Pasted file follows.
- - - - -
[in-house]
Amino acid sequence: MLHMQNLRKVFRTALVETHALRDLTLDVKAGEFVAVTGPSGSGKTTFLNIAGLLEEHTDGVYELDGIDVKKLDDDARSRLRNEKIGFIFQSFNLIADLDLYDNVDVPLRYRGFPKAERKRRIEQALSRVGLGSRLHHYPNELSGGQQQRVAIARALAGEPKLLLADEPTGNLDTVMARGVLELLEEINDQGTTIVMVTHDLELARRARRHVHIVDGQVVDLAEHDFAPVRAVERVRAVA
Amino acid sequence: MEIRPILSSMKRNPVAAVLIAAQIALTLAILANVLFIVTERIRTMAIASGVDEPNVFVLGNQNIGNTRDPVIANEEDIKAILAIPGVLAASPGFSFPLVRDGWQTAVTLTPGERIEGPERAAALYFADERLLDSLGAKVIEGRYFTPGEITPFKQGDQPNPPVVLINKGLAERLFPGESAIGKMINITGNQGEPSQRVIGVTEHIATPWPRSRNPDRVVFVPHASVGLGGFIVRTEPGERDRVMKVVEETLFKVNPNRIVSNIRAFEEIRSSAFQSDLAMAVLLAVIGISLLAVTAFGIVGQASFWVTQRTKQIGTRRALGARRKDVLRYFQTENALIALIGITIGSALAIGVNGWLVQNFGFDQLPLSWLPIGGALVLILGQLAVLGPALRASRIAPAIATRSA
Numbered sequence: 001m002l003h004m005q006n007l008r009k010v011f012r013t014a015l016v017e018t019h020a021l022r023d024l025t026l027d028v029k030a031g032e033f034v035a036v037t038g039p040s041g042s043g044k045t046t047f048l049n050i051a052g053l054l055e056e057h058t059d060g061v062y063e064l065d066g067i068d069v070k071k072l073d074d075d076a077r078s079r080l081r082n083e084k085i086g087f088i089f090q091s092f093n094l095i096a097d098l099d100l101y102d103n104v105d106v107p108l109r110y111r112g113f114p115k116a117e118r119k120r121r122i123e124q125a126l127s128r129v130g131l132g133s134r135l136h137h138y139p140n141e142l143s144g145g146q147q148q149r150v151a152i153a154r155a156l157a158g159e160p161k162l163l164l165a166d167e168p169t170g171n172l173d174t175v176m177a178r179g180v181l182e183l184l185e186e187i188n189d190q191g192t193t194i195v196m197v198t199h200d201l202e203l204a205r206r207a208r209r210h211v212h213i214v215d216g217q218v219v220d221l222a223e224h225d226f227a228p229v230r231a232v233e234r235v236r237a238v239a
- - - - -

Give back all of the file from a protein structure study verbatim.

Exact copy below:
[in-house]
Amino acid sequence: MLHMQNLRKVFRTALVETHALRDLTLDVKAGEFVAVTGPSGSGKTTFLNIAGLLEEHTDGVYELDGIDVKKLDDDARSRLRNEKIGFIFQSFNLIADLDLYDNVDVPLRYRGFPKAERKRRIEQALSRVGLGSRLHHYPNELSGGQQQRVAIARALAGEPKLLLADEPTGNLDTVMARGVLELLEEINDQGTTIVMVTHDLELARRARRHVHIVDGQVVDLAEHDFAPVRAVERVRAVA
Amino acid sequence: MEIRPILSSMKRNPVAAVLIAAQIALTLAILANVLFIVTERIRTMAIASGVDEPNVFVLGNQNIGNTRDPVIANEEDIKAILAIPGVLAASPGFSFPLVRDGWQTAVTLTPGERIEGPERAAALYFADERLLDSLGAKVIEGRYFTPGEITPFKQGDQPNPPVVLINKGLAERLFPGESAIGKMINITGNQGEPSQRVIGVTEHIATPWPRSRNPDRVVFVPHASVGLGGFIVRTEPGERDRVMKVVEETLFKVNPNRIVSNIRAFEEIRSSAFQSDLAMAVLLAVIGISLLAVTAFGIVGQASFWVTQRTKQIGTRRALGARRKDVLRYFQTENALIALIGITIGSALAIGVNGWLVQNFGFDQLPLSWLPIGGALVLILGQLAVLGPALRASRIAPAIATRSA
Numbered sequence: 001m002l003h004m005q006n007l008r009k010v011f012r013t014a015l016v017e018t019h020a021l022r023d024l025t026l027d028v029k030a031g032e033f034v035a036v037t038g039p040s041g042s043g044k045t046t047f048l049n050i051a052g053l054l055e056e057h058t059d060g061v062y063e064l065d066g067i068d069v070k071k072l073d074d075d076a077r078s079r080l081r082n083e084k085i086g087f088i089f090q091s092f093n094l095i096a097d098l099d100l101y102d103n104v105d106v107p108l109r110y111r112g113f114p115k116a117e118r119k120r121r122i123e124q125a126l127s128r129v130g131l132g133s134r135l136h137h138y139p140n141e142l143s144g145g146q147q148q149r150v151a152i153a154r155a156l157a158g159e160p161k162l163l164l165a166d167e168p169t170g171n172l173d174t175v176m177a178r179g180v181l182e183l184l185e186e187i188n189d190q191g192t193t194i195v196m197v198t199h200d201l202e203l204a205r206r207a208r209r210h211v212h213i214v215d216g217q218v219v220d221l222a223e224h225d226f227a228p229v230r231a232v233e234r235v236r237a238v239a